This post explores what is being done internationally on the concept of counting bicycle trips. Subsequent posts will explore how that data can be used to begin informing the process of infrastructure investment.

The nature of biking is that it is very flexible and provides quick access requiring about a 1/6 the space of a car to travel along footpaths, shared use paths, cycle tracks, cycleways, roadways, and just about anywhere else save for a stairs. This creates challenges in terms of counting users and understanding their behavior.

These challenges have resulted in a variety of measures being employed to assess the level of bicycle use in communities and around the nation.

At the very highest level of assessment is the national census. Most often countries do this   periodically ever few years.

  • Pros: The detail can be very helpful to practitioners because of the resolution of the data (often down to a typical city block) level as to how many people use cycle for their trips, where is their primary work destination, and demographic data.
  • Cons: When censuses are delayed they can affect the quality of data being used, especially when comparing trends over a long time. Census data is relatively slow to emerge and can become stale as some areas are changing quickly. Some regions do smaller sample census updates which can provide an updated account of the census data.

Short-Term Counts

The most common next level of bicycle count data being collected are short-term counts, often on the municipal or metropolitan level. There are numerous methodologies established, all trying to understand trends, patterns, and create a better snapshot of bicycle user behavior.

A USA demonstration project is underway,, which is starting a national (perhaps international) dialogue on short-term bicycle counts. The program is working with universities, organizations and agencies around the country. The National Documentation Project proposes the following objectives (from their site):

  • Establish a consistent national bicycle and pedestrian count and survey methodology, building on the ‘best practices’ from around the country, and publicize the availability of this free material for use by agencies and organizations on-line.
  • Establish a national database of bicycle and pedestrian count information generated by these consistent methods and practices.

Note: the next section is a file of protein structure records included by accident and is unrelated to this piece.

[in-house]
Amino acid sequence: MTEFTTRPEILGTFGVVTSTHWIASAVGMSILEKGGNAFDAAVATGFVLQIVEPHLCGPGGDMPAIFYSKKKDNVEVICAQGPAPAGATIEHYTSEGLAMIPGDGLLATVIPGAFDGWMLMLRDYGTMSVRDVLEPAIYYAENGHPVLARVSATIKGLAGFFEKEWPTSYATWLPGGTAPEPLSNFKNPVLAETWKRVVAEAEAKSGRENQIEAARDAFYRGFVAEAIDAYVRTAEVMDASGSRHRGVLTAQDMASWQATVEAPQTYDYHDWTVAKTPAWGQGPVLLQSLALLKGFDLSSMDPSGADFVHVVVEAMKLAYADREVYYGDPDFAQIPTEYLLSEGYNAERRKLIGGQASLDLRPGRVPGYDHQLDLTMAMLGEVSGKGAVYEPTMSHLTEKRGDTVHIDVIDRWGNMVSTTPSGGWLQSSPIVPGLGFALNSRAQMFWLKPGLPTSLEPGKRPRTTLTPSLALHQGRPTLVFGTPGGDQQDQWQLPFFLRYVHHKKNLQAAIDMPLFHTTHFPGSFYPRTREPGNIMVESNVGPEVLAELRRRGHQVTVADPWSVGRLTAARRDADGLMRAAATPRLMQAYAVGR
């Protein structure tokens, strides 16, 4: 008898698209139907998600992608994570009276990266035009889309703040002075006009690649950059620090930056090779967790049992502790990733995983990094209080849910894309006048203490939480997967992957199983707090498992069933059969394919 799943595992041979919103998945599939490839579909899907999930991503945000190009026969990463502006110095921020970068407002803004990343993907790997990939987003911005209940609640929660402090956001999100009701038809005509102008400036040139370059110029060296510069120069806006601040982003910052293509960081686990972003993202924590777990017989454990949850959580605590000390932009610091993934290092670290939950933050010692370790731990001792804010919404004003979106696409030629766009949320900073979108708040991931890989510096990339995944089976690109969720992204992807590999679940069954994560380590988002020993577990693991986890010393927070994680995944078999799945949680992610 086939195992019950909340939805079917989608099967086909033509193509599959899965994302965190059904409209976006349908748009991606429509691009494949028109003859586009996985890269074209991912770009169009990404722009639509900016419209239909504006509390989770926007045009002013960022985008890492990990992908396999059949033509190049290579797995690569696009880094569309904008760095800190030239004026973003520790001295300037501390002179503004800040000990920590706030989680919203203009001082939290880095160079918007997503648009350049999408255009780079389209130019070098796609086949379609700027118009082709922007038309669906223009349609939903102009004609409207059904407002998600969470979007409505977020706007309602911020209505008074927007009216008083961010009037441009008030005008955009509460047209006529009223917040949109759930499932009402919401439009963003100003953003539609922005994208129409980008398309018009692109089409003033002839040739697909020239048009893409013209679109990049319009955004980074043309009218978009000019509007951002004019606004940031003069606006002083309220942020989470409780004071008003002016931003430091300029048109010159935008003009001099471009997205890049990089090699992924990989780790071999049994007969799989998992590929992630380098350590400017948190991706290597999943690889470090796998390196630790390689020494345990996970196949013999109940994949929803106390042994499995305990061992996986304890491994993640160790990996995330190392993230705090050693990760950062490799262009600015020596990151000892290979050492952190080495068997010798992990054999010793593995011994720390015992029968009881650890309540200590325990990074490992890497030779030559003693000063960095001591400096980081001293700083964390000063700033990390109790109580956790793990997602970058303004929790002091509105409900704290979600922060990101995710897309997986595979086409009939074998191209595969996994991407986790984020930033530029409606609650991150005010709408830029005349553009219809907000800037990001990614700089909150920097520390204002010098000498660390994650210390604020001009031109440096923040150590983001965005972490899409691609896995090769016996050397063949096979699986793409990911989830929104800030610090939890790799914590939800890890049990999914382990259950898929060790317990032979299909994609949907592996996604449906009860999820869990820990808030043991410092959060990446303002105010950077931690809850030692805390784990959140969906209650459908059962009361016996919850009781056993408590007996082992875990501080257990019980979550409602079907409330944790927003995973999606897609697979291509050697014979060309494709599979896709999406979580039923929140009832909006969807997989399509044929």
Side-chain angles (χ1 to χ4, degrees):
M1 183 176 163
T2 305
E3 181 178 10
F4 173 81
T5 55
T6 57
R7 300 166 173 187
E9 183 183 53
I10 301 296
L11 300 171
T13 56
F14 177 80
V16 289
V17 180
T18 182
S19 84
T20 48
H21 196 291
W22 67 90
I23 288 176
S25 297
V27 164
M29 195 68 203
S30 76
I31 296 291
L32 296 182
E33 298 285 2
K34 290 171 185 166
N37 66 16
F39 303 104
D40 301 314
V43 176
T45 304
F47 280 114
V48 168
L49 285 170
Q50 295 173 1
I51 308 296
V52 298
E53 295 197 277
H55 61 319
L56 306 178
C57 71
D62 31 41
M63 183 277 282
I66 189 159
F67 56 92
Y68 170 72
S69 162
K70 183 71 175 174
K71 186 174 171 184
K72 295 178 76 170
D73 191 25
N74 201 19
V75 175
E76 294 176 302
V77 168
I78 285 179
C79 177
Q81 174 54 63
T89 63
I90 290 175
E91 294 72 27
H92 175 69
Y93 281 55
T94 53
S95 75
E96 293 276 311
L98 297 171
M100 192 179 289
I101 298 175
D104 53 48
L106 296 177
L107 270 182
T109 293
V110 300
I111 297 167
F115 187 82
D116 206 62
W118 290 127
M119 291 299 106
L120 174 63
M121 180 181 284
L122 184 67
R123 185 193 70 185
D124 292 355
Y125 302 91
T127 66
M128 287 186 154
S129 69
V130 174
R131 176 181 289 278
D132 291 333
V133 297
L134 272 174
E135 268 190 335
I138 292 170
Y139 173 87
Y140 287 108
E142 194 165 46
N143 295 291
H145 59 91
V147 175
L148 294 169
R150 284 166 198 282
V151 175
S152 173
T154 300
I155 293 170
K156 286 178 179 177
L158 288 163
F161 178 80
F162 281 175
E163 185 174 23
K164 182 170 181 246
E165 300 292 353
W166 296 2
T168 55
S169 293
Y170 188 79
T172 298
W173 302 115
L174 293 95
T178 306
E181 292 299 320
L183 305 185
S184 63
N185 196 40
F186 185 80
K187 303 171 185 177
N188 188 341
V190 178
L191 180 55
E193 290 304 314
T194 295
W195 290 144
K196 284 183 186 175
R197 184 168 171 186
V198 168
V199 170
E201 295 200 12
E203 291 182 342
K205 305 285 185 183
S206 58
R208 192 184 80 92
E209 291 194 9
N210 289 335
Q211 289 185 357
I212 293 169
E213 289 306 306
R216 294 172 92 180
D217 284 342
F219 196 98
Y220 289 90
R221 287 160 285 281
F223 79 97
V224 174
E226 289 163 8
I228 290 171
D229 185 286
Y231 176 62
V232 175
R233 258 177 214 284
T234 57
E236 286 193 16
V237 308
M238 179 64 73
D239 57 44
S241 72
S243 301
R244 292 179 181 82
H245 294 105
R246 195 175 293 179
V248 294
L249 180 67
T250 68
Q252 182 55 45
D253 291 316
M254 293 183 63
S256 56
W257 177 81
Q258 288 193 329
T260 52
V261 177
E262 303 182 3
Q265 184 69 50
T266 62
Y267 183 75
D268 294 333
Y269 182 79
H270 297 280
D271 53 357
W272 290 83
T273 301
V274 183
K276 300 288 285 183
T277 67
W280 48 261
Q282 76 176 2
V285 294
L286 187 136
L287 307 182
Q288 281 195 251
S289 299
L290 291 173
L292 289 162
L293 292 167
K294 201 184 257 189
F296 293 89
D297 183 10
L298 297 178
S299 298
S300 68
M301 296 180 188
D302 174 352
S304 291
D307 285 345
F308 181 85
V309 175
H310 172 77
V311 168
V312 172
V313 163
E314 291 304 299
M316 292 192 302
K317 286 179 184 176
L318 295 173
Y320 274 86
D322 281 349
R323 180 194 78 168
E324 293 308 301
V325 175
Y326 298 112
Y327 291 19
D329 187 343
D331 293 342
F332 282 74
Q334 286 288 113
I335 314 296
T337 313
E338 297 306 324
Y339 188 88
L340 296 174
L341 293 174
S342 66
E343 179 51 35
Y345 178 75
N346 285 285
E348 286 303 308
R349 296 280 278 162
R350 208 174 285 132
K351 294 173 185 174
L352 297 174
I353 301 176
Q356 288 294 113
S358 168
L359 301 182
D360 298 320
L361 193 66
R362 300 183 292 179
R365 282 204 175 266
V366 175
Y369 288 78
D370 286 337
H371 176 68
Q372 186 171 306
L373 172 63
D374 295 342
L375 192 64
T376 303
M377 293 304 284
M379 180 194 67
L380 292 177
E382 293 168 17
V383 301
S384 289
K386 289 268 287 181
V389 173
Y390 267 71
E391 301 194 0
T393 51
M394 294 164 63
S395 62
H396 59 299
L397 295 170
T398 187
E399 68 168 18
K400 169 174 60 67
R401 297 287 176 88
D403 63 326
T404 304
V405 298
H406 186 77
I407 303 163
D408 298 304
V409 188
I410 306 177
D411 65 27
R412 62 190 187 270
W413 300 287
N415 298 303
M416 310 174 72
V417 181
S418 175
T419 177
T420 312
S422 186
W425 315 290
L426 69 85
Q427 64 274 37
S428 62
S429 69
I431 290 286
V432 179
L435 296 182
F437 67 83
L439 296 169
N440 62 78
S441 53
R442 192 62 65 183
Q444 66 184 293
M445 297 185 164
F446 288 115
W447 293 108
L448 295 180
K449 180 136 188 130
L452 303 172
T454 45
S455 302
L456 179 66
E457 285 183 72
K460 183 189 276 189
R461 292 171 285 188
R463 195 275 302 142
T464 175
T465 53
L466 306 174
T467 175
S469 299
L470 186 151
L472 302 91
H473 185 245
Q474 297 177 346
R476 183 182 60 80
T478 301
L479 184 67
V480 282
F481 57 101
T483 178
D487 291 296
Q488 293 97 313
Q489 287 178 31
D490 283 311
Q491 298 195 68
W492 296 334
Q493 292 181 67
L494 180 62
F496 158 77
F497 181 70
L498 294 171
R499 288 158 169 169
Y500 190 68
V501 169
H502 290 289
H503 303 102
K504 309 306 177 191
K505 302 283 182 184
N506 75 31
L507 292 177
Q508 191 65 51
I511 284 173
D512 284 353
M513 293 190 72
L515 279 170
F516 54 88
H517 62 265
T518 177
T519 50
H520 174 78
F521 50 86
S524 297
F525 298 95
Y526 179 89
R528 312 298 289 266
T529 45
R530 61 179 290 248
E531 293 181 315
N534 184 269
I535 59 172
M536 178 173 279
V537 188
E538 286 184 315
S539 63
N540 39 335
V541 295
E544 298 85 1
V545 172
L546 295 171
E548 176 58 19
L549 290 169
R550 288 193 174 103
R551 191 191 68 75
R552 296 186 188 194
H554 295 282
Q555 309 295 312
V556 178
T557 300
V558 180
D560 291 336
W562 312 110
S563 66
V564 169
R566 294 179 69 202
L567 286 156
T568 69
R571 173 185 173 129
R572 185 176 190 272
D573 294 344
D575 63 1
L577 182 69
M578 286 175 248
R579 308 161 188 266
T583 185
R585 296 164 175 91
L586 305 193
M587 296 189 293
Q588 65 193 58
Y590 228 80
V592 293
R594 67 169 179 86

• Use the count and survey information to begin analysis on the correlations between various factors and bicycle and pedestrian activity. These factors may range from land use to demographics to type of new facility.
The program will work with cities and organizations which share their data. The program will collate the data and prepare reports for the partnering organizations.
Most municipalities post their bicycle statistics online, through summary reports, graphics, and presentations. A few of my selected ones include:

Automatic Counters

The newest and fastest growing component of the cycle count program is emerging from the use of automatic counters. Automatic counters are being deployed primarily in places with a high flow of bicyclists and in locations such as shared use paths which will likely capture the majority of users. The Eco-Counterfrom France has been the most widely used thus far to provide a reliable, electronic means to count cyclists continually.


  • Pros: continuous data can provide better understanding of the seasonal trends, the effects of rain, wind, snow, and other inclement weather. Effects of short-term closures and other infrastructure works can be immediately tracked. The on-going costs per hour of observation are negligible, considering the amount of data being collect.
  • Cons: capital costs can restrict wide deployment. The fixed observation zone may not detect all users of the facility or can’t prevent people from avoiding being counted. The observation is only a basic count and direction. No user data, helmet, age, or trip purpose data may be ascertained.
The Automatic counters can be used for short-term installations and have the same pros and cons as noted earlier.


Please send me your cities and sources of bicycle data. I will put a separate post online about keeping track of which city is doing what with their data.